Indeed, the transporter is one of the few Star Trek concepts that showcases the limitations of our caveman brains - and quite accidentally at that, as this thought-provoking technology was a last-minute addition to the show's concept. Warp drives and death rays may invoke their own little tempests in scientific teacups, but it takes some doing to see the philosophical implications of those. With the transporter, the ontological oddities slap us in the face.
I think your chances to die in a car accident today are greater than to die in a transporter accident in Trek's future.
...I wonder what sort of statistics LaForge was referring to when assuring Barclay that transporting was the safest way to travel.
Accidents per kilometer? That's a classic way to evaluate traffic safety, since covering distances is a typical purpose for traffic. Thus, air traffic today gets high marks. But transporters generally probably see very short distance use, from spot A on Earth to relatively nearby spot B also on Earth, even if Starfleet sometimes uses them at ranges of tens of thousands of kilometers. Transporters would be ideal for commuting, removing the vehicle from the equation and thus decreasing congestion and serviceability problems.
Accidents per person? There are more people in the UFP than on Earth, but we have no good idea whether a greater or lesser percentage of UFP citizens use the transporter than Earthlings today use, say, a car or a plane. So, accidents per person actually using the device? Transporters have fewer modes for killing non-users, the way cars kill bystanders, so this sort of comparison is sort of unfair.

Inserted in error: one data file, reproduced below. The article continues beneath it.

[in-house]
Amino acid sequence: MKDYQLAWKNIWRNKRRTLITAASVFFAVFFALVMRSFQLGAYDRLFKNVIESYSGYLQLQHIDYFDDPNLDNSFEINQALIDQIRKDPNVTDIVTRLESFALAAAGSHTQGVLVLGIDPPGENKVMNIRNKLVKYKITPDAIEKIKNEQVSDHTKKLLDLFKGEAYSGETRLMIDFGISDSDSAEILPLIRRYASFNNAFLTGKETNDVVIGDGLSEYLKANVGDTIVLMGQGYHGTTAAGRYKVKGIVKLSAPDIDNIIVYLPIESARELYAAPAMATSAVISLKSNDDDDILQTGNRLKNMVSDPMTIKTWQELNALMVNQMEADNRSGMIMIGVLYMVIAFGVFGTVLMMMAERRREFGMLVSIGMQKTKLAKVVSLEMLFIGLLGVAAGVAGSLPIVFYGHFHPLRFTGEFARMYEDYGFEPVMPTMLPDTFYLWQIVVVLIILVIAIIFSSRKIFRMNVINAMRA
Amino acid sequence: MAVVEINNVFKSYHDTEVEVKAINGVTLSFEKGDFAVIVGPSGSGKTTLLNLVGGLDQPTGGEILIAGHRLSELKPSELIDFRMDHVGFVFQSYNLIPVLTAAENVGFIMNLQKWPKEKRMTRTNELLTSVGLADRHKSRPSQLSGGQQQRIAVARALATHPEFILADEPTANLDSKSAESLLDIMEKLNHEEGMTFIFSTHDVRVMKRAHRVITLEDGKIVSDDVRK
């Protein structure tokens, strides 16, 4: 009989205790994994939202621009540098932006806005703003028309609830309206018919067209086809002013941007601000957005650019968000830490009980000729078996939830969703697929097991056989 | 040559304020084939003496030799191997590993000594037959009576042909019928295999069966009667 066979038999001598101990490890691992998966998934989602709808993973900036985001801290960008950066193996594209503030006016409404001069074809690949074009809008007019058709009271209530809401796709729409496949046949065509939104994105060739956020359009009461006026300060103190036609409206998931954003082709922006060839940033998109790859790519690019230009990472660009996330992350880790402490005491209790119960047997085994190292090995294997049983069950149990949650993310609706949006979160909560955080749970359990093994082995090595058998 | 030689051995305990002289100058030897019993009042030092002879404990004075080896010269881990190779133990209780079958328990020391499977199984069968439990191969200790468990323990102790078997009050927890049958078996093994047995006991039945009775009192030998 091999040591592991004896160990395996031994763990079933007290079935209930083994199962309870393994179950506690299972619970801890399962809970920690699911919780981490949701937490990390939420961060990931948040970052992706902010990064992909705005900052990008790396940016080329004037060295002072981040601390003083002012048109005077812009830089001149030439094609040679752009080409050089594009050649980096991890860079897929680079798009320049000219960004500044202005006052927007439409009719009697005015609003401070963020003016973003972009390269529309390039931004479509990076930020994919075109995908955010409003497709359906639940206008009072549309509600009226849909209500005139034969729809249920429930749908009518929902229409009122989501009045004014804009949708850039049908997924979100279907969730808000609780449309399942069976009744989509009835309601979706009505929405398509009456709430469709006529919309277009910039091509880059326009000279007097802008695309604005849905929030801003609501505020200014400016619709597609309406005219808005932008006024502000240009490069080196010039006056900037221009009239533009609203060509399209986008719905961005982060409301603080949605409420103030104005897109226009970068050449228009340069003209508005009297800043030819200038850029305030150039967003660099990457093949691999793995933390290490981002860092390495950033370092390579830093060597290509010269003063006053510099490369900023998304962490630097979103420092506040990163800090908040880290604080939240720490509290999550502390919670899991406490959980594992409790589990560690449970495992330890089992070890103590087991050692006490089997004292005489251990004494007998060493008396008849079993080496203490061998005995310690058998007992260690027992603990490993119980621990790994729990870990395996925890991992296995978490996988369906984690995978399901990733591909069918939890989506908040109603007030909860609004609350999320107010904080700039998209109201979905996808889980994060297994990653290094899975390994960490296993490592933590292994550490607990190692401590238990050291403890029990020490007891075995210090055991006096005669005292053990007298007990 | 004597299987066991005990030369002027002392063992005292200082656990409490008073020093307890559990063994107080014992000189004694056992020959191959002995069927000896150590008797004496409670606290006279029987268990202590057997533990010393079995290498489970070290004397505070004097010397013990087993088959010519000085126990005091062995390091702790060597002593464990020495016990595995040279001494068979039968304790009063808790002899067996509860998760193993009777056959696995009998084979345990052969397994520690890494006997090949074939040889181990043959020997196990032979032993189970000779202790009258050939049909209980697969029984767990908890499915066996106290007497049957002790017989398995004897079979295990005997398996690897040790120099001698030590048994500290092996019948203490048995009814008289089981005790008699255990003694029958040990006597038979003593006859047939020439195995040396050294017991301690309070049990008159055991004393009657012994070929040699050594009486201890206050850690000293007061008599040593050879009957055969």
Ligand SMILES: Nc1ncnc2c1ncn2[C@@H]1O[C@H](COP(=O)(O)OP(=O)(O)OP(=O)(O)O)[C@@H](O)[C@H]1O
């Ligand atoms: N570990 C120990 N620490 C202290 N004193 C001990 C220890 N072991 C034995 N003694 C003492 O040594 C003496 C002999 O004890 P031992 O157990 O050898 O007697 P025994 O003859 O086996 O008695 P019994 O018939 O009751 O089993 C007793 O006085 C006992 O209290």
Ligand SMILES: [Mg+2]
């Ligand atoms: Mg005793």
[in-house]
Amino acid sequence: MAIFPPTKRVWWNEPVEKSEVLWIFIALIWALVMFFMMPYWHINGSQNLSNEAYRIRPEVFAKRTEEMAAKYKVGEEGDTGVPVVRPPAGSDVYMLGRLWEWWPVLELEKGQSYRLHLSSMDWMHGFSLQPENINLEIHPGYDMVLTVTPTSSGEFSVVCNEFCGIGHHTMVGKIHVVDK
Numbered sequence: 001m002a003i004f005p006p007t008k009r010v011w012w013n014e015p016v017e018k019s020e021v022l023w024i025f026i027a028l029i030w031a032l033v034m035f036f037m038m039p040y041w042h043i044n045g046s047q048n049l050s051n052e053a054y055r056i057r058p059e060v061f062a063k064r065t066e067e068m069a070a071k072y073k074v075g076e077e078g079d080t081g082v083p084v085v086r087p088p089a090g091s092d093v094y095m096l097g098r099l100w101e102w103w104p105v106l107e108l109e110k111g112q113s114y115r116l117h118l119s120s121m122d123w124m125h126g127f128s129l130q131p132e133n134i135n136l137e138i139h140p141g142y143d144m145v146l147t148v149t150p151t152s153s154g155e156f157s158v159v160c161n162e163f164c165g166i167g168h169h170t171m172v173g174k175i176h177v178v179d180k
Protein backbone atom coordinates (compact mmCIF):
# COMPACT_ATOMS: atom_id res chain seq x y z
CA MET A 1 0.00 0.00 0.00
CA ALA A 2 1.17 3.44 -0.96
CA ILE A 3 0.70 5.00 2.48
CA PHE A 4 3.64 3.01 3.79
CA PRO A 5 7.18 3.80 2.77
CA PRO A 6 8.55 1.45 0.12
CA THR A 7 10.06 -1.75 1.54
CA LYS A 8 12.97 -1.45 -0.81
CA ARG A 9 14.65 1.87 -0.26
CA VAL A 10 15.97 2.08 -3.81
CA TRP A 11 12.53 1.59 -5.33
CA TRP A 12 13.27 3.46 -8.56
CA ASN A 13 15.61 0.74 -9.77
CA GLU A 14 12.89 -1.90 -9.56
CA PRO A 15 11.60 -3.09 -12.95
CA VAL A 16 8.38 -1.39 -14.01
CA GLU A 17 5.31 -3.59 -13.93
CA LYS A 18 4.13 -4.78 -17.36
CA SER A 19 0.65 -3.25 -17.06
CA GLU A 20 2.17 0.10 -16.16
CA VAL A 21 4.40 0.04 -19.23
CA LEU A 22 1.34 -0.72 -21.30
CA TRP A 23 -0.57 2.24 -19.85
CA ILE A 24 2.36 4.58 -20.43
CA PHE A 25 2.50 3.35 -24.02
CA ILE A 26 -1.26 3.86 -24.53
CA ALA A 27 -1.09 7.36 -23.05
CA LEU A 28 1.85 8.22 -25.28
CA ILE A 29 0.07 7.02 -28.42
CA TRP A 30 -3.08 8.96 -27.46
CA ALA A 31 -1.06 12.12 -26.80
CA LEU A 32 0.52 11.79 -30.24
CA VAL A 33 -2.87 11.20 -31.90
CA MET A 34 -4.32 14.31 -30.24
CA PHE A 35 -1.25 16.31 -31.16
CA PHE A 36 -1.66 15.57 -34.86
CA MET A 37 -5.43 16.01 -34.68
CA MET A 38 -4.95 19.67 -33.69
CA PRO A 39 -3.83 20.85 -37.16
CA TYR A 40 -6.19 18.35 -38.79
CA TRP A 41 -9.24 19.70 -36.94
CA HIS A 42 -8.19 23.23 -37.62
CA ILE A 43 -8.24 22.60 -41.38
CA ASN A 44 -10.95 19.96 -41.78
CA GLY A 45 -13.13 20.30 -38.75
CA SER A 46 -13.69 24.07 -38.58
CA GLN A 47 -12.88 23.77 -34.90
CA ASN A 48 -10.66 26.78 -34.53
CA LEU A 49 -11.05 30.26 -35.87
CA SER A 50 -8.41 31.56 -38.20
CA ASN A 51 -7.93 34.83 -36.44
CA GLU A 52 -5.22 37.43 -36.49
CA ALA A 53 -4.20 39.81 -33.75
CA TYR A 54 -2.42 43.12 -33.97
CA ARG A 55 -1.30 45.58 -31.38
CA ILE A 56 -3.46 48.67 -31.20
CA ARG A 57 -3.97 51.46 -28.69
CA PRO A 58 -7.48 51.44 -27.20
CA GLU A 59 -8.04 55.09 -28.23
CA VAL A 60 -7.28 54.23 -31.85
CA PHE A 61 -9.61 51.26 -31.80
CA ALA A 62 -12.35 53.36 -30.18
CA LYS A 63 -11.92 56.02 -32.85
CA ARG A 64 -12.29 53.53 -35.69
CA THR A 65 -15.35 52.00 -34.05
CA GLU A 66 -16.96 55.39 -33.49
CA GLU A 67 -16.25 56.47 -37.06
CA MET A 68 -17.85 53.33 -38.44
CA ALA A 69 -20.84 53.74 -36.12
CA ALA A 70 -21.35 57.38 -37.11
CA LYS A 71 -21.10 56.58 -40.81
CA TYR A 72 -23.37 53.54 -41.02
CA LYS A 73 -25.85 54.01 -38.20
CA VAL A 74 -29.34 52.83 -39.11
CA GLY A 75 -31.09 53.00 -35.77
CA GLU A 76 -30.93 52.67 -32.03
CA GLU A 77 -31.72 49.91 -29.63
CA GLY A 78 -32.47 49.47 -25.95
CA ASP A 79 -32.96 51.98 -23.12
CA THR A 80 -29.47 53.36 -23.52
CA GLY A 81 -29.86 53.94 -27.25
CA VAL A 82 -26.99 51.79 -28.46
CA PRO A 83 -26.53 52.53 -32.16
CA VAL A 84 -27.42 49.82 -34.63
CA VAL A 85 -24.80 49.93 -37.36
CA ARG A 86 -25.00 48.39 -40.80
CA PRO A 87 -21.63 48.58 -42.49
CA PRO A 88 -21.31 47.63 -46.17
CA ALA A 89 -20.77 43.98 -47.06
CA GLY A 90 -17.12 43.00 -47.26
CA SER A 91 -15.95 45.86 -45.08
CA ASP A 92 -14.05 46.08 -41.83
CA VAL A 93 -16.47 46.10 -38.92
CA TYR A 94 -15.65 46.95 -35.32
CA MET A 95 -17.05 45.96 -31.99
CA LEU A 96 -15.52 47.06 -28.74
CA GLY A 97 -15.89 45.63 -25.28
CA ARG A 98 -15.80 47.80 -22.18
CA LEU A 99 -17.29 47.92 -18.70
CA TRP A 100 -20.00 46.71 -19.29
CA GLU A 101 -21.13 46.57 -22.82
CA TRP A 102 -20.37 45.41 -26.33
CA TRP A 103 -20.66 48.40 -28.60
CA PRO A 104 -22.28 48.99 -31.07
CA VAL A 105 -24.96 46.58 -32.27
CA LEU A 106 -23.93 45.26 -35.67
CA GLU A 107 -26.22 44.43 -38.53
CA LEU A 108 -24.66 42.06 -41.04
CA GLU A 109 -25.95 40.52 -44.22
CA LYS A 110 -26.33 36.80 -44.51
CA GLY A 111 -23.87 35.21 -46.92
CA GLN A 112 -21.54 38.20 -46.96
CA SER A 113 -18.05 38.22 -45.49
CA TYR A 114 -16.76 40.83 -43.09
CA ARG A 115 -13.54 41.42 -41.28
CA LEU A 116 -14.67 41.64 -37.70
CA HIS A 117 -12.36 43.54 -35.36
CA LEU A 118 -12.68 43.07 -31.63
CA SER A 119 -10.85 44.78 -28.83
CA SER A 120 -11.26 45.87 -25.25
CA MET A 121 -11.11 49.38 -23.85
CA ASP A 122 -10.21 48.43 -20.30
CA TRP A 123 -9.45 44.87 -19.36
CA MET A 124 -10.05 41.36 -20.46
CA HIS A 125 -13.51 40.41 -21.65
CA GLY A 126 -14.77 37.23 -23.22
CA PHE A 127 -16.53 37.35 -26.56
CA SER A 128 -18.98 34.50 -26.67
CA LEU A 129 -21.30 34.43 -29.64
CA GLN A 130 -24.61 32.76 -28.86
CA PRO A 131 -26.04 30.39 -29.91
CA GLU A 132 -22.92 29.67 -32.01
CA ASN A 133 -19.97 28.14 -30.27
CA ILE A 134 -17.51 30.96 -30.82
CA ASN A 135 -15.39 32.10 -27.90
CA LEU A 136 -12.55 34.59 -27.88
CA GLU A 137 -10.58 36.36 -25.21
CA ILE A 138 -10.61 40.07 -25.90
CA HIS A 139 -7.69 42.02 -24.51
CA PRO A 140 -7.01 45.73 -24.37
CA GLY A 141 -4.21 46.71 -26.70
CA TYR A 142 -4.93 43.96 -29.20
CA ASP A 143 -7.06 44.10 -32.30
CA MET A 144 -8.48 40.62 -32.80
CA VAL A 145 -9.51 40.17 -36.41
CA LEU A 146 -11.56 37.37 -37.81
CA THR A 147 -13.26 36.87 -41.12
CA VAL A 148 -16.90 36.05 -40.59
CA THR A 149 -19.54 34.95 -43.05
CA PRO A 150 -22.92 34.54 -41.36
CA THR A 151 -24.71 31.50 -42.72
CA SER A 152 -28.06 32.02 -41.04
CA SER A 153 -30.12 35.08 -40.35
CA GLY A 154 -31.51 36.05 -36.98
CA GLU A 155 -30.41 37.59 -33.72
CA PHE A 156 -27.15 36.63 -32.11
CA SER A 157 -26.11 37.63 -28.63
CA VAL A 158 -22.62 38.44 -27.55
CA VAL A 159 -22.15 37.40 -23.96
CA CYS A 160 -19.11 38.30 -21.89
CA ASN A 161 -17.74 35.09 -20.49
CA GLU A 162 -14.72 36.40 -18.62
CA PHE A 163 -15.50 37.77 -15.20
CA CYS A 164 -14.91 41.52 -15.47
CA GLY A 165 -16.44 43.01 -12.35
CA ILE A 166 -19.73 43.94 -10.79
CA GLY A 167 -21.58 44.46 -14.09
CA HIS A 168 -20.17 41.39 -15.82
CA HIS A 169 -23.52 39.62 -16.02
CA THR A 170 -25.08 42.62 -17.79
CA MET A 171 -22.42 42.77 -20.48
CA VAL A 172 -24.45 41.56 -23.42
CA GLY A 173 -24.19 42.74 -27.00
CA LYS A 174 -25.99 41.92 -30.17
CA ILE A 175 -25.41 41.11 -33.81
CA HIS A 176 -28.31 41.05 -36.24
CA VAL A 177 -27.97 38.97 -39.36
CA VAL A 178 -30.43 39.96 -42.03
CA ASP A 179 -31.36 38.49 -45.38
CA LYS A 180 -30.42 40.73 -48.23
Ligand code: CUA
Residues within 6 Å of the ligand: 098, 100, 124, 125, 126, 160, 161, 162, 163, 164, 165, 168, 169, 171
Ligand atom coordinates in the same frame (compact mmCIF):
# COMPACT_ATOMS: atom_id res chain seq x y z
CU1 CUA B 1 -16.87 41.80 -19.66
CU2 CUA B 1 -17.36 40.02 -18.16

I doubt transporters are used often for short distances.
Why would it when you can hop in a hover car and cover the same distance in a few minutes? What's the point of beaming ten kilometers when a car can take you the same distance in a fairly short time? Who is that pressed for time that they need to save every last second?
I think transporters are used when alternatives aren't practical or when alternatives take a great deal of time. Beaming a wounded person to sickbay, for example, is going to be much faster than sending a shuttle down, loading him up, flying back to the ship and then carting him through the hallways to sickbay.
But to me the idea of beaming ten kilometers to your work is like the idea of driving to your next-door-neighbour's place. It's just not practical.